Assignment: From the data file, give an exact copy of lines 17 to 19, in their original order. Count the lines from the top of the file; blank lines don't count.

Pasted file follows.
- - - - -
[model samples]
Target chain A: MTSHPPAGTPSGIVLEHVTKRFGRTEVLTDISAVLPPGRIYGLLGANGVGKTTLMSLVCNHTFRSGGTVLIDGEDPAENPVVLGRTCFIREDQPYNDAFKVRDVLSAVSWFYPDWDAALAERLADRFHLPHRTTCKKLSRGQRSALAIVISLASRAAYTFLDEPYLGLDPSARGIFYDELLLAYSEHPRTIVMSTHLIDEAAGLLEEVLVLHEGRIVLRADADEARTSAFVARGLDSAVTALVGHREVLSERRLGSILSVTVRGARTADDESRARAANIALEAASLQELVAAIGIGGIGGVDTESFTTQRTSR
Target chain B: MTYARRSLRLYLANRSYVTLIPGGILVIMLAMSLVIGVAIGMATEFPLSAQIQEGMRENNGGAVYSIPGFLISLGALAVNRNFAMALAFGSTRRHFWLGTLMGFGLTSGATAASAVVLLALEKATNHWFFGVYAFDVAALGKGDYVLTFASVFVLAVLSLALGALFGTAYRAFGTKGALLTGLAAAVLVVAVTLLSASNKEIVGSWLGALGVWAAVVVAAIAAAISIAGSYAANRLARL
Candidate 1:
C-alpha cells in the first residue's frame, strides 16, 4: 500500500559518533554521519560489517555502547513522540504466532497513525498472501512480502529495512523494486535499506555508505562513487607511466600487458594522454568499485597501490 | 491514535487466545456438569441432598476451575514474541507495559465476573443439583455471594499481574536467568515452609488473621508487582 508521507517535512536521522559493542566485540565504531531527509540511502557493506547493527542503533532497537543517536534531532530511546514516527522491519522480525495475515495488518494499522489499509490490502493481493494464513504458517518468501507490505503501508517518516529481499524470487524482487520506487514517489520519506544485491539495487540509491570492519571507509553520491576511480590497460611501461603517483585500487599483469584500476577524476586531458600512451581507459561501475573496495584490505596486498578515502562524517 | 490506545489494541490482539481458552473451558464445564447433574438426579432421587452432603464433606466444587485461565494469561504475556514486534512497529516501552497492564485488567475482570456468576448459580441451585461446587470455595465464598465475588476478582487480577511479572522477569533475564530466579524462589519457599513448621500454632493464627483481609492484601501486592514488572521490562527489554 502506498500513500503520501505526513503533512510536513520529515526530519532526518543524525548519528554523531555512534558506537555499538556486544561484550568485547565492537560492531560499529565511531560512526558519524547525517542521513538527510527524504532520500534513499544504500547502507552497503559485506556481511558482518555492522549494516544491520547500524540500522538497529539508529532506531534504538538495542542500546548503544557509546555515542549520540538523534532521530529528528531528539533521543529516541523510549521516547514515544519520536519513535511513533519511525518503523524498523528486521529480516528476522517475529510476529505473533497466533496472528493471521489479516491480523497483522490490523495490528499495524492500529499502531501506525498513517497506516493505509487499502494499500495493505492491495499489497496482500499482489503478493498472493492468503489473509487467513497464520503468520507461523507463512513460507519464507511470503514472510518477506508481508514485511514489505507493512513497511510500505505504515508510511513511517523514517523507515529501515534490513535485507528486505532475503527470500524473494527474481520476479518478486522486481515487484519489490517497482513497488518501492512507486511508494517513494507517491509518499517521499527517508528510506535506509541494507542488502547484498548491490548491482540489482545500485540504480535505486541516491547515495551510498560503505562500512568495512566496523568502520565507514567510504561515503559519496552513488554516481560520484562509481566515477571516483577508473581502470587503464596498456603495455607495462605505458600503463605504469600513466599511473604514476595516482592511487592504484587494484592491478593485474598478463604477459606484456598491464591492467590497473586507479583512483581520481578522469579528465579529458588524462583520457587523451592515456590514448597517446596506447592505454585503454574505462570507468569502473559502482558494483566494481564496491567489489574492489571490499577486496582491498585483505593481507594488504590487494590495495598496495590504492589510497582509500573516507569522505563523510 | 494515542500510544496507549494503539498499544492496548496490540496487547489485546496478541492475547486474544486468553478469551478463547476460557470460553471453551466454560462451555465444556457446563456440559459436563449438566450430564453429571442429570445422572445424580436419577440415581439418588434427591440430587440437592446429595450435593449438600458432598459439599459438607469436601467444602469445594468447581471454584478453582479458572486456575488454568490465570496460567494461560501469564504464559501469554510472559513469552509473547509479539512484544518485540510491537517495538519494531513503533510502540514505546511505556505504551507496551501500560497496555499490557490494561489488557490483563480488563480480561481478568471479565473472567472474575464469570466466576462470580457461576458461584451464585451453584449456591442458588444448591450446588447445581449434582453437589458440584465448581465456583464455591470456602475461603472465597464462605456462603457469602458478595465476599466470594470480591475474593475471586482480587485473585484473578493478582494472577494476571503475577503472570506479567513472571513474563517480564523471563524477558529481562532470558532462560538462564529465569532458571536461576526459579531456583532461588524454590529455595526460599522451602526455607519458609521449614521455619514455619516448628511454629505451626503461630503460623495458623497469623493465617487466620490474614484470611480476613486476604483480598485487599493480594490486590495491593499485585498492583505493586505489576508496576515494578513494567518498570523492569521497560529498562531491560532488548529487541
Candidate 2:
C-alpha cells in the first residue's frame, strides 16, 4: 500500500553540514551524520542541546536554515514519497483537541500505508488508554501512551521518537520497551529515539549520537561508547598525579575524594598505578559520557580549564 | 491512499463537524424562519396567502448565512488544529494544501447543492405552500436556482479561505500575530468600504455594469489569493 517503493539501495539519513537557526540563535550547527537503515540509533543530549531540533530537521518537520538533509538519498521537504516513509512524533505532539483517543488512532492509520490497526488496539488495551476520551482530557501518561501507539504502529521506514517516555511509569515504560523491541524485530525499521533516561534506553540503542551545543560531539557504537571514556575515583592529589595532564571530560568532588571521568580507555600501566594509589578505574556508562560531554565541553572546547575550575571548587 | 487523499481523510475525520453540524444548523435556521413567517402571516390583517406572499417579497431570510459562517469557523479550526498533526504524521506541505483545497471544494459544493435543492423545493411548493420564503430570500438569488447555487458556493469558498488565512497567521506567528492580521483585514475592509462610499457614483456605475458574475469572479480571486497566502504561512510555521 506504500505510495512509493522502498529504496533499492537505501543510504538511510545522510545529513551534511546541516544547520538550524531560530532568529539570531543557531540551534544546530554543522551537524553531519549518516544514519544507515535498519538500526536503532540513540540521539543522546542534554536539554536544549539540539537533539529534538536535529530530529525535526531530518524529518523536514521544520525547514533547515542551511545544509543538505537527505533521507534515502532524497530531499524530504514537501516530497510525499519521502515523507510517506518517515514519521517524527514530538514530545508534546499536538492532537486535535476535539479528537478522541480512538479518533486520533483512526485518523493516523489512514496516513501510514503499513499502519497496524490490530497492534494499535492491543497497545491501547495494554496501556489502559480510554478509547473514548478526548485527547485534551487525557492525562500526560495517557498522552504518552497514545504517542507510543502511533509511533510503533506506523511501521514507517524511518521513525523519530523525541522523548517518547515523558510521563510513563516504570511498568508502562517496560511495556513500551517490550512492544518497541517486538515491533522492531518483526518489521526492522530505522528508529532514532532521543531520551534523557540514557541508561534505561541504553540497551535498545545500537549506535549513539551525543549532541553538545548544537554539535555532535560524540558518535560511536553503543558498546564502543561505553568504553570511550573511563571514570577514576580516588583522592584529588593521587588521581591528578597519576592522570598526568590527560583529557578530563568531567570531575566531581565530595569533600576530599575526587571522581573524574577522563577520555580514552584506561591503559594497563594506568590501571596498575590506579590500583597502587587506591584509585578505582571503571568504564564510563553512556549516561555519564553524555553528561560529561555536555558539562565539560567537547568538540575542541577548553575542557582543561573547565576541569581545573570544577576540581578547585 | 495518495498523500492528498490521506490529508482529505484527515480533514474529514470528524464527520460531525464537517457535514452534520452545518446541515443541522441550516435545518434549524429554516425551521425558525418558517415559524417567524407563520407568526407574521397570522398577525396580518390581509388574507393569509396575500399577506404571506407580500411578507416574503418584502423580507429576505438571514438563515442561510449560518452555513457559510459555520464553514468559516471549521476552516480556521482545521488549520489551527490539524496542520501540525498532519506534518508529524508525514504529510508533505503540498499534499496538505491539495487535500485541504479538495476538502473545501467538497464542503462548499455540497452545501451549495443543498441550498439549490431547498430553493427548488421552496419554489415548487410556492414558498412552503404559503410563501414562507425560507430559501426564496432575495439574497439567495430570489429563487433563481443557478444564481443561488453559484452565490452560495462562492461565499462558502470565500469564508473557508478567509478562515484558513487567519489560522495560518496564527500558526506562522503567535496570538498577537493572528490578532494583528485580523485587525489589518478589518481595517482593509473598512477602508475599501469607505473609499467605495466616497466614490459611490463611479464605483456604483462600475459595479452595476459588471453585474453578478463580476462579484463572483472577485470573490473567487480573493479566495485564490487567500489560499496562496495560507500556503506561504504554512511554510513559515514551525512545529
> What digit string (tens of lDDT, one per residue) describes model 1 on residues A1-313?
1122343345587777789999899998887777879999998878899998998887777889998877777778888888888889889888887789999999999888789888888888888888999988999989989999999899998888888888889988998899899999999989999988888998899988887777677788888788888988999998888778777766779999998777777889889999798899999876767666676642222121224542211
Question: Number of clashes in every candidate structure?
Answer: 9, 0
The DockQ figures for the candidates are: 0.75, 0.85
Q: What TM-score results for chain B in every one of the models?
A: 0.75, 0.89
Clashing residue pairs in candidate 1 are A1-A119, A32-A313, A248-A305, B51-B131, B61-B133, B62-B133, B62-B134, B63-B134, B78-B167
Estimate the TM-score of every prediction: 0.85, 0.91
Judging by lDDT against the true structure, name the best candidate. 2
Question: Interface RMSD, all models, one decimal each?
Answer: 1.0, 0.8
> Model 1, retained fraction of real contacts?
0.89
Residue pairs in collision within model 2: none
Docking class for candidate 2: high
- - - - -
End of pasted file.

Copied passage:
Judging by lDDT against the true structure, name the best candidate. 2
Question: Interface RMSD, all models, one decimal each?
Answer: 1.0, 0.8